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ORH_wxman

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About ORH_wxman

  • Birthday 07/14/1981

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    KORH
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  1. Gotta shake the stigma. Most of your huge years have blocking. There's a few exceptions like 2007-2008.
  2. I remember the 1994 EL Nino was being hyped that autumn. Coming off the heels of two big winters, a lot of mets were honking for a very stormy winter with the El Nino aiding. We can diplomatically say that seasonal forecasting even 25+ years later has big errors.....lol. What a let down. Ironically, it was 1995-1996 (the weak La Nina) that actually generated some subtropical jet...esp 2nd half of that winter. Produced some good events in February...we didn't always get the best of them, but then again, we didn't need to with the massive totals already built up from Dec/Jan. We did do quite well in some of those March events though.
  3. FWIW, the slater model is predicting NSIDC extent, not JAXA. NSIDC tends to be a bit higher than JAXA....often 100k to 200k higher on the min. It still performed poorly this year, though. Just not quite as bad as when compared to JAXA figures.
  4. It was ok for SE MA, but pretty cruddy elsewhere. 2/25/99 really helped the anomalies in SE MA. I'd agree it wasn't as terrible as years like '88-'89 or '11-'12....those were near all time ratters.
  5. Pretty good chance many in NNE get their first frost between 9/25-9/30 if models are close to correct.
  6. Yeah and '84-'85 was weird in that is was basically just one nuclear blocking month (Jan 85...maybe leaking into early Feb) surrounded by garbage....and we happened to whiff on most systems in Jan '85....epic arctic cold and southern snow events that month. 1954-1955 was just weird....the pattern didn't look bad but somehow we got basically no snow. Ir was pretty dry too in SNE.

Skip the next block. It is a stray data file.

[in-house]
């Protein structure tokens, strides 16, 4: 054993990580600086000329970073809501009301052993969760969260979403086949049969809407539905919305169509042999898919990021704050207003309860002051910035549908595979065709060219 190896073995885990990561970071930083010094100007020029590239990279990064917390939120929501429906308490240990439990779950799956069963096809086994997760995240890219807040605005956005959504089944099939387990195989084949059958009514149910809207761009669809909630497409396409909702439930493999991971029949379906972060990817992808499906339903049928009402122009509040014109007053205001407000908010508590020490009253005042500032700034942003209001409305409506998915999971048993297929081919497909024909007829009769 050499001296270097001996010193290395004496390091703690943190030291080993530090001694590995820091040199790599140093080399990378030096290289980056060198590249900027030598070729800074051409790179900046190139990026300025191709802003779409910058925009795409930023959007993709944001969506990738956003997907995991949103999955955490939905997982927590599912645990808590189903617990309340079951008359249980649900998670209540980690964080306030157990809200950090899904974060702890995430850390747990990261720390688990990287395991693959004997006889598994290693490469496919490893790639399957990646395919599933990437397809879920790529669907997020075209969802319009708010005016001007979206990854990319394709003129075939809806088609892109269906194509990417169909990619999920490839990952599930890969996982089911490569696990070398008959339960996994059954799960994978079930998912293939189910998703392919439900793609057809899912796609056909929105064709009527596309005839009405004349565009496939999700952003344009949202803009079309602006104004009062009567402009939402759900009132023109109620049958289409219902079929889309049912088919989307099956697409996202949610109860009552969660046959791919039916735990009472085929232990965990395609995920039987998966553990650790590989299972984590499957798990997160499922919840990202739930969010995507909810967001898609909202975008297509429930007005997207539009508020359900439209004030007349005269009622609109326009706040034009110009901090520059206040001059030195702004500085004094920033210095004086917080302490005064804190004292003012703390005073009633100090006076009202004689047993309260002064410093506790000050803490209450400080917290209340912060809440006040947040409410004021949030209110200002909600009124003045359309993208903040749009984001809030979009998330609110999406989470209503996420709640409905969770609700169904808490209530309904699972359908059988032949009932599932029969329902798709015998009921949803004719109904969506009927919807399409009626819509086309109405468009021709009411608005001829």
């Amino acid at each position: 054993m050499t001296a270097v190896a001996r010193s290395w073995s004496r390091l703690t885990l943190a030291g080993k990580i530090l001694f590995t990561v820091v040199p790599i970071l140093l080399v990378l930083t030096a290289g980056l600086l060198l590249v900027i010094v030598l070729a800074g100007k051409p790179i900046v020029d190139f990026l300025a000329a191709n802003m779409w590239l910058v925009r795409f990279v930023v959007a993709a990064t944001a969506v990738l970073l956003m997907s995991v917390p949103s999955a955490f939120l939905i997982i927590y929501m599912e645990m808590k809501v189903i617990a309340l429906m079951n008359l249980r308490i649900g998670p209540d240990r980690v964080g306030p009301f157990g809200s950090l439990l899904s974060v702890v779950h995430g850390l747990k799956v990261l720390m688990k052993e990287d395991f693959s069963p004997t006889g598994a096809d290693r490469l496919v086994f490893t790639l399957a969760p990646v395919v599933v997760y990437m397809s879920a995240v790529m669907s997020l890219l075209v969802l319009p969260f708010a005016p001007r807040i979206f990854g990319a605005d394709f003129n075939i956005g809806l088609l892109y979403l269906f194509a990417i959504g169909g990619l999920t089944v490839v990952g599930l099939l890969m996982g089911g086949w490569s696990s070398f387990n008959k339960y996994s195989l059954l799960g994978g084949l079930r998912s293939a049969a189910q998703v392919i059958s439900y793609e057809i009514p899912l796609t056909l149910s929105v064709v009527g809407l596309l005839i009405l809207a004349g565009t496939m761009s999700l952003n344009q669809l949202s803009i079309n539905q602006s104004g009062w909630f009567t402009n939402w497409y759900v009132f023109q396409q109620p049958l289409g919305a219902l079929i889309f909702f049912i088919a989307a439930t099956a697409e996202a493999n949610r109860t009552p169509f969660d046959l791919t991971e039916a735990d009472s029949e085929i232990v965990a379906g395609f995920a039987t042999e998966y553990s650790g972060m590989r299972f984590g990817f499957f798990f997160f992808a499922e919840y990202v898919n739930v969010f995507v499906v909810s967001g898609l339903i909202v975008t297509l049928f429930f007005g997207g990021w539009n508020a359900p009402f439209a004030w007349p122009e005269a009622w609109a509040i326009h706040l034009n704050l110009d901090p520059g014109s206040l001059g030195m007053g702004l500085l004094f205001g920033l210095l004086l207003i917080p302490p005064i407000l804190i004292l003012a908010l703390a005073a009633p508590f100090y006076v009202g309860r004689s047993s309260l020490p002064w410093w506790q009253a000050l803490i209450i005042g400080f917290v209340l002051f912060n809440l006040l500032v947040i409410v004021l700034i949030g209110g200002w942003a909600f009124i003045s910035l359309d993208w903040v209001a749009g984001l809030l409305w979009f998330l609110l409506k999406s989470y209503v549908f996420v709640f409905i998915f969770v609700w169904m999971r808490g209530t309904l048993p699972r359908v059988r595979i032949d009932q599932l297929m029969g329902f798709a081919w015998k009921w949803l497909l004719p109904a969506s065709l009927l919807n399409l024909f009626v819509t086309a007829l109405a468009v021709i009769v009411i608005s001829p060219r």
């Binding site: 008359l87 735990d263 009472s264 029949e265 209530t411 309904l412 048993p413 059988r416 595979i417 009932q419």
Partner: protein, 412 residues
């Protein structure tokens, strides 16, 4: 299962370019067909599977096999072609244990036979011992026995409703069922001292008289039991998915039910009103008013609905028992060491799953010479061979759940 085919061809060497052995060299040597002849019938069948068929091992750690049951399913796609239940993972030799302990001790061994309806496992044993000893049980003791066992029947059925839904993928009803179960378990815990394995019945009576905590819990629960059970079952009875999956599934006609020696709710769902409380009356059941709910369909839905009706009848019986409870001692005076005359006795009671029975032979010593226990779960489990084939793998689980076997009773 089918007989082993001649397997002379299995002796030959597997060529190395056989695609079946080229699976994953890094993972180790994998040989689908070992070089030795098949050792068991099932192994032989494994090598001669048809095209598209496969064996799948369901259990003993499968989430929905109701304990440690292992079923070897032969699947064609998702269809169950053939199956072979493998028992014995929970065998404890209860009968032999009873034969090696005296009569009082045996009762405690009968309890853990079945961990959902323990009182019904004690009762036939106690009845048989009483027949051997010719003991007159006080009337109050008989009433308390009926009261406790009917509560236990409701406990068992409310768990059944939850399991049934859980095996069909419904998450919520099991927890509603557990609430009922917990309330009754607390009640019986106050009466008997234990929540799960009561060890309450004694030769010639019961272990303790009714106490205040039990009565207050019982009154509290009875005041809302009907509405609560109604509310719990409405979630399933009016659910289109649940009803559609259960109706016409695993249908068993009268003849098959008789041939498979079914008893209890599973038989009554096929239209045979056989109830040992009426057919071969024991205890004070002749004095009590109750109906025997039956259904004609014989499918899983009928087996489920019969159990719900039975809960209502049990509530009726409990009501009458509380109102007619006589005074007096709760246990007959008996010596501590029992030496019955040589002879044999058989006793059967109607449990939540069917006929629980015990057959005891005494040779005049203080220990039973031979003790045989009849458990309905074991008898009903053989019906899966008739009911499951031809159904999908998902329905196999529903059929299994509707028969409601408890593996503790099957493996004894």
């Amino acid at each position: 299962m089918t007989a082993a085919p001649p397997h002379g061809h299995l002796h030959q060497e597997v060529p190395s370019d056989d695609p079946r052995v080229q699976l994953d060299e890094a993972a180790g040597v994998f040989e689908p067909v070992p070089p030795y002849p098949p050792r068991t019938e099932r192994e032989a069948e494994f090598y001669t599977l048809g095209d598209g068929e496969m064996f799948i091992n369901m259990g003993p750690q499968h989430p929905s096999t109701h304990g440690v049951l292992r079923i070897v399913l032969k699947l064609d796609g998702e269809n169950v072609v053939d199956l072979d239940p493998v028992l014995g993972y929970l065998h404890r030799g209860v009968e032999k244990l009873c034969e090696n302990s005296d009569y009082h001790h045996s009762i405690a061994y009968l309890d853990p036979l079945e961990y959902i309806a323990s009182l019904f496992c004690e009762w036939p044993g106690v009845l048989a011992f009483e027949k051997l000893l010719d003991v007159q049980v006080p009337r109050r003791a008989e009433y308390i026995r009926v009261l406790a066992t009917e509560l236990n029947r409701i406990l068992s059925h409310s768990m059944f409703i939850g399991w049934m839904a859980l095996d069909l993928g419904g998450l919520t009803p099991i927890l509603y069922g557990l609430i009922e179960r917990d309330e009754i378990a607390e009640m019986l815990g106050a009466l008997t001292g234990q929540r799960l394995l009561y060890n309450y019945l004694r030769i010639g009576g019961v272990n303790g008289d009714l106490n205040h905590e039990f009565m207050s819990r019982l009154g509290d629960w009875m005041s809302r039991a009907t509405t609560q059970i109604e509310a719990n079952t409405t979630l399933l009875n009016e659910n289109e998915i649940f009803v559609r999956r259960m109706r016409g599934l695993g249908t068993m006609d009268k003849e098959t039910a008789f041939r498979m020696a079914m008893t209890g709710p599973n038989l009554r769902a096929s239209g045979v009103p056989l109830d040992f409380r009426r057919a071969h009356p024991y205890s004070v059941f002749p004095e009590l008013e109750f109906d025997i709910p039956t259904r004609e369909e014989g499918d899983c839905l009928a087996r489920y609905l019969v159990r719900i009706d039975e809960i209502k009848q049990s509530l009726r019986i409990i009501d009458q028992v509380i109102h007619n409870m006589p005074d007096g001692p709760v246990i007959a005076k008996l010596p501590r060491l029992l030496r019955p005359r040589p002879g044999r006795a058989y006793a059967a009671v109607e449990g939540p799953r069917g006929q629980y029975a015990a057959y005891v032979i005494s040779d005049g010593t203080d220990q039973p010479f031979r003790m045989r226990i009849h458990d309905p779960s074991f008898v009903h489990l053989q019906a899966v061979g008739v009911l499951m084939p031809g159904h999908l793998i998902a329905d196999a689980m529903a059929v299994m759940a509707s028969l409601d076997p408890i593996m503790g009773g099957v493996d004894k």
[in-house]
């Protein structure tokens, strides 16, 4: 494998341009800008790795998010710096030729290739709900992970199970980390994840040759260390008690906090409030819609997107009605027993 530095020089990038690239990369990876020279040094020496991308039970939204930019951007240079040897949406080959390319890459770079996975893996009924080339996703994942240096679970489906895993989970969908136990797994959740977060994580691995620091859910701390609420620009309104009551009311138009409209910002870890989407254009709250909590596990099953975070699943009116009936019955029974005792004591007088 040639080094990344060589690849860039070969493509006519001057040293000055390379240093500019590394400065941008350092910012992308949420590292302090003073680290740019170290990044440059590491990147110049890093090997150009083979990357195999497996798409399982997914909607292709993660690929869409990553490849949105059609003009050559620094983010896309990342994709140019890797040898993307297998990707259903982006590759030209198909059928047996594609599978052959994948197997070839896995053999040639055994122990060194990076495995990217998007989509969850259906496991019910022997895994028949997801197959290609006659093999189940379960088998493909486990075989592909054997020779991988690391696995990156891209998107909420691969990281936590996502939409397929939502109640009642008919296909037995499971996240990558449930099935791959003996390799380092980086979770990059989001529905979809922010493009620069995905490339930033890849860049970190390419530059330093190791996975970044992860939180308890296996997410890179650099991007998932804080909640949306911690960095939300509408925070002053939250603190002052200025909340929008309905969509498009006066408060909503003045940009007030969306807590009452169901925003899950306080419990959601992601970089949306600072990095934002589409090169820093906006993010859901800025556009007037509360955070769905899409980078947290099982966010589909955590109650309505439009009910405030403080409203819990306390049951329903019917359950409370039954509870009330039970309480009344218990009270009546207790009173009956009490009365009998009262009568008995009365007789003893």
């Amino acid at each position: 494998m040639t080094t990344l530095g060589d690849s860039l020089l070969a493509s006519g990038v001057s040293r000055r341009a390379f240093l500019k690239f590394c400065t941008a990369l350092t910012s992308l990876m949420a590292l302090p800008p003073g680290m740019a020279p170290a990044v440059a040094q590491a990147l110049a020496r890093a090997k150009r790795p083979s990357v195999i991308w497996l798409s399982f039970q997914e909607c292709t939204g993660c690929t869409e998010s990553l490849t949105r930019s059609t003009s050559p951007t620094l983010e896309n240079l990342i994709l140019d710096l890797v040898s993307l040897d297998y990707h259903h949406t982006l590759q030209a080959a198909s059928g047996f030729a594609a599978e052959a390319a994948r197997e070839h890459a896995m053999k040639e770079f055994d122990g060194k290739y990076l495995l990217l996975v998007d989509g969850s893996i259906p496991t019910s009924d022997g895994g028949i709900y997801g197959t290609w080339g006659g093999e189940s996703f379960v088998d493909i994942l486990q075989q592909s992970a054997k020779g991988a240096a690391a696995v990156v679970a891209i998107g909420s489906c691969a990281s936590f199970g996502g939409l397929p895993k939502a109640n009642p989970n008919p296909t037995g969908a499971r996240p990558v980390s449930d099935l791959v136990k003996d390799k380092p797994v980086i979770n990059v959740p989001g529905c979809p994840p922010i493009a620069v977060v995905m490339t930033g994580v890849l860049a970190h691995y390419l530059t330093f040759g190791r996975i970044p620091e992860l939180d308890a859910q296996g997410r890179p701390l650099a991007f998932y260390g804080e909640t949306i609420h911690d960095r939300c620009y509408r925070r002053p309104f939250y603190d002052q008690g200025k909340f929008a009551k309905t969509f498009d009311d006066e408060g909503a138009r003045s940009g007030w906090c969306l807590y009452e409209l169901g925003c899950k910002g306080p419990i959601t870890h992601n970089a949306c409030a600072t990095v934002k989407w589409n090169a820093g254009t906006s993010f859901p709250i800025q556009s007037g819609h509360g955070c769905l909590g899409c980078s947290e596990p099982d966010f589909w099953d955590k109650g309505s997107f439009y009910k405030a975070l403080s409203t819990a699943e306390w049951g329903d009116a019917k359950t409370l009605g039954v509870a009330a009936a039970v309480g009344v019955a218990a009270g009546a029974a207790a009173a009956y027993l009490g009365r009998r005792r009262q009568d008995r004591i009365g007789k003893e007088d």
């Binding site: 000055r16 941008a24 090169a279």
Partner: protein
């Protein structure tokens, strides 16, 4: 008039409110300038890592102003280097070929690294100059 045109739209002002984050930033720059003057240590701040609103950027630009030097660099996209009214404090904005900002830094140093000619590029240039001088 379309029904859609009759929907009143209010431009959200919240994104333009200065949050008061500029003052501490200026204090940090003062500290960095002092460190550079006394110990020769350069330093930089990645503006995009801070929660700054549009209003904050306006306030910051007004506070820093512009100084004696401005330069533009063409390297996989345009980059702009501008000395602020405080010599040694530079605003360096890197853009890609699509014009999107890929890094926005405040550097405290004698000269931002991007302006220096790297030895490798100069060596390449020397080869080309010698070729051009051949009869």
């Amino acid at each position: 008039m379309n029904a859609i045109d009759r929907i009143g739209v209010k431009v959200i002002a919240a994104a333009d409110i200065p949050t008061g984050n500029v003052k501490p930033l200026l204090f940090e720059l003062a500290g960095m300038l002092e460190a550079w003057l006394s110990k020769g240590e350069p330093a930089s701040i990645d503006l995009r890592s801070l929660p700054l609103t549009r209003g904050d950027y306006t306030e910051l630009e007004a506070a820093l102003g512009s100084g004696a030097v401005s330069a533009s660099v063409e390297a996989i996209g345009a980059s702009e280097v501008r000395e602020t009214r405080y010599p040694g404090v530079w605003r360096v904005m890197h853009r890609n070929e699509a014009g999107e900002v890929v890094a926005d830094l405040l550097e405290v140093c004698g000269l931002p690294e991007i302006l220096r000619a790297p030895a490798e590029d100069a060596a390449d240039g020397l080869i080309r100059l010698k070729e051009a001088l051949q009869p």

7. La Nina with blocking is an extremely strong snow signal in New England. Almost all of our crappy La Ninas had a big +AO/NAO. Just go right down the list: 1. 2011-2012 2. 1999-2000 3. 1998-1999 4. 1988-1989 5. 1984-1985 6. 1973-1974 Now there were years like 2005-2006 which had some blocking but were pretty crappy in NNE....though SNE was closer to average in snowfall (with a narrow area above avg in CT). But overall, arctic blocking + La Nina is a very good snow signal.
  8. Weeklies have showed a torch into October, but we'll see if they show a more muted for late month when they update today because the EPS didn't start showing the trough until a day or two ago, and weeklies last updated on Monday. My take is we are still in a hemispheric La Nina-ish pattern that favors above avg temps here, but it wouldnt be surprising to sneak a trough in late month...it often happens as the wavelengths are getting wonky and trying to fight the summer gradient. We still have a mean trough over AK and GOA though so I'd think any troughs here would be transient.
  9. Euro ensembles look pretty chilly late month all of the sudden....we'll see if that holds up.